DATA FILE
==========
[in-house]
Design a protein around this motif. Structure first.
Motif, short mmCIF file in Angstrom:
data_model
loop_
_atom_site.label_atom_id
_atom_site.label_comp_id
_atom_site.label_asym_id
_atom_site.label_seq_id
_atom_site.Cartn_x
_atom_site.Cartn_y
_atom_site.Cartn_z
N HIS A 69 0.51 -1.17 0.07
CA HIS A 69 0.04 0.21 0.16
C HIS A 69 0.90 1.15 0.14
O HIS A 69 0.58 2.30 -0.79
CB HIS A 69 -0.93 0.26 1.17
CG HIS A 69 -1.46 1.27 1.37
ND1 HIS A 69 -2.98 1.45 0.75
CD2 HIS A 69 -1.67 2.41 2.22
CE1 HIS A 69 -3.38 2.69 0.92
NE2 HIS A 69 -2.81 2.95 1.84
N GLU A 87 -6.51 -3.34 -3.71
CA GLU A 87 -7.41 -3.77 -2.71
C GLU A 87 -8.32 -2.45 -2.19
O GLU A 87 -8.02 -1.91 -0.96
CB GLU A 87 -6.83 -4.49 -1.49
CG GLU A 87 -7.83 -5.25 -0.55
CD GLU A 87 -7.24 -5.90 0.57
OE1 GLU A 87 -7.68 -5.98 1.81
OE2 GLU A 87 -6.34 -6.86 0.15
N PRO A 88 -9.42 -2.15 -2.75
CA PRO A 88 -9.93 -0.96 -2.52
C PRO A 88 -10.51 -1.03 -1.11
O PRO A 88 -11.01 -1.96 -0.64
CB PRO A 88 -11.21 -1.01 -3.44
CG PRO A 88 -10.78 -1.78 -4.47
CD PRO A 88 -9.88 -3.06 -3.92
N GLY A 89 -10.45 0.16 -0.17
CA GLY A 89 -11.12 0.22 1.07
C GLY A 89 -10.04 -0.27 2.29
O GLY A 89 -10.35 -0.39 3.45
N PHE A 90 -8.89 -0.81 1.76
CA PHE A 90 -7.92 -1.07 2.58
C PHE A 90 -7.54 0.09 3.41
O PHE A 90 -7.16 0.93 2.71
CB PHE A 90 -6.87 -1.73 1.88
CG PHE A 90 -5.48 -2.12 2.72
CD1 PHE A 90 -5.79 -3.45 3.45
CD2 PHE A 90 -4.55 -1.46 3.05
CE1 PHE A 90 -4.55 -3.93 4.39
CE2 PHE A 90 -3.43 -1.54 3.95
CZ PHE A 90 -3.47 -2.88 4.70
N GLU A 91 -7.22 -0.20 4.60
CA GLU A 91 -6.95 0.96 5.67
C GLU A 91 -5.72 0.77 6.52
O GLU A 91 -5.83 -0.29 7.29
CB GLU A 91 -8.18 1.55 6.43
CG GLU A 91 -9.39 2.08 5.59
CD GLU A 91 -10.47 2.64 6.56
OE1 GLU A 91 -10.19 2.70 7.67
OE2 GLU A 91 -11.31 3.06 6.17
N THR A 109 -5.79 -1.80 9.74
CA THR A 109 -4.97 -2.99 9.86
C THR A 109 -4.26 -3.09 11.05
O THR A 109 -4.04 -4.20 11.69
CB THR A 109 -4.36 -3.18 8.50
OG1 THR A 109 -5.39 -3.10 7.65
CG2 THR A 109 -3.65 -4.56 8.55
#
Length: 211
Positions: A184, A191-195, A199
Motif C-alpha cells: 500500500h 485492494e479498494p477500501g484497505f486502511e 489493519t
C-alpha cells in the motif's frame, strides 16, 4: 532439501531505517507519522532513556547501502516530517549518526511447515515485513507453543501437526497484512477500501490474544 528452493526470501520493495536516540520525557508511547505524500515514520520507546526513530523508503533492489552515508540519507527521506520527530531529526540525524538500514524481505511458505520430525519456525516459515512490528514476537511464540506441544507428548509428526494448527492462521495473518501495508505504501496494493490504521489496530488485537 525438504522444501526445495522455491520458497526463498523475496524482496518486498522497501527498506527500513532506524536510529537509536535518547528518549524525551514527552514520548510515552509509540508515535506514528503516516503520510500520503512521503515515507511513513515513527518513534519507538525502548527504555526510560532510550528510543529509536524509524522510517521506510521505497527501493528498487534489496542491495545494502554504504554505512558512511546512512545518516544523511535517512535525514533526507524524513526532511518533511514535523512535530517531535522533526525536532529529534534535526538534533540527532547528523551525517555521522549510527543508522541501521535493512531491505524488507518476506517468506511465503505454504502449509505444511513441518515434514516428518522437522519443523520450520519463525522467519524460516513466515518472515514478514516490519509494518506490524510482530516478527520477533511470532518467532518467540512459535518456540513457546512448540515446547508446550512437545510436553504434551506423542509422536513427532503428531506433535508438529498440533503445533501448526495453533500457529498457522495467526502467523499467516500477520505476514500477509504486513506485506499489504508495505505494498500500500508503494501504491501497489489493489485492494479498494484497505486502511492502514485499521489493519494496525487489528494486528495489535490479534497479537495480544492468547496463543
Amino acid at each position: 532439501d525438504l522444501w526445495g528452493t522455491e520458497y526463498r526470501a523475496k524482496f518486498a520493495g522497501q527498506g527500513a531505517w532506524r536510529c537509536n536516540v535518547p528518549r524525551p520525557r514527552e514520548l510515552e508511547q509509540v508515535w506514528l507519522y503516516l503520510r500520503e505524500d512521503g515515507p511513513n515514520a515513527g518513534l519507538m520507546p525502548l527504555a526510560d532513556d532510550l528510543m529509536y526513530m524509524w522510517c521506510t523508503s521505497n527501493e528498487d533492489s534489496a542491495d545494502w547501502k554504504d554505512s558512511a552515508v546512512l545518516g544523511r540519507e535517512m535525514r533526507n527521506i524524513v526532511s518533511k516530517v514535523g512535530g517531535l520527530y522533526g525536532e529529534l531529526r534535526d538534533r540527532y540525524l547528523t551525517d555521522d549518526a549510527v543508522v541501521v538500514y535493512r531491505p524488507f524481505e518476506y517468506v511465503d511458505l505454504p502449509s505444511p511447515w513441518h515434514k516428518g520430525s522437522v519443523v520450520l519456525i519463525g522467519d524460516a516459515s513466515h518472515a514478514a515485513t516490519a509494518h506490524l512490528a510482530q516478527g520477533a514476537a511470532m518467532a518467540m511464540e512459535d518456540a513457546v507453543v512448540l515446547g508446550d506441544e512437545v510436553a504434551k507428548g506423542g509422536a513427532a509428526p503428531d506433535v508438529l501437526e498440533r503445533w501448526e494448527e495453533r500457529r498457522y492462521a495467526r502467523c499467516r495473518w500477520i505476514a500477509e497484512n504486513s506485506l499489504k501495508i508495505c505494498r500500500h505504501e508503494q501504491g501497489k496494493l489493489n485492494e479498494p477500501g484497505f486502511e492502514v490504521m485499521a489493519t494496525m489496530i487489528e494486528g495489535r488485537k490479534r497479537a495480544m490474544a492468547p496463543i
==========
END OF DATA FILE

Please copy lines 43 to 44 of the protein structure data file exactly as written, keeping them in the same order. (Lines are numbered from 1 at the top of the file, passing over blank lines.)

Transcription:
N PHE A 90 -8.89 -0.81 1.76
CA PHE A 90 -7.92 -1.07 2.58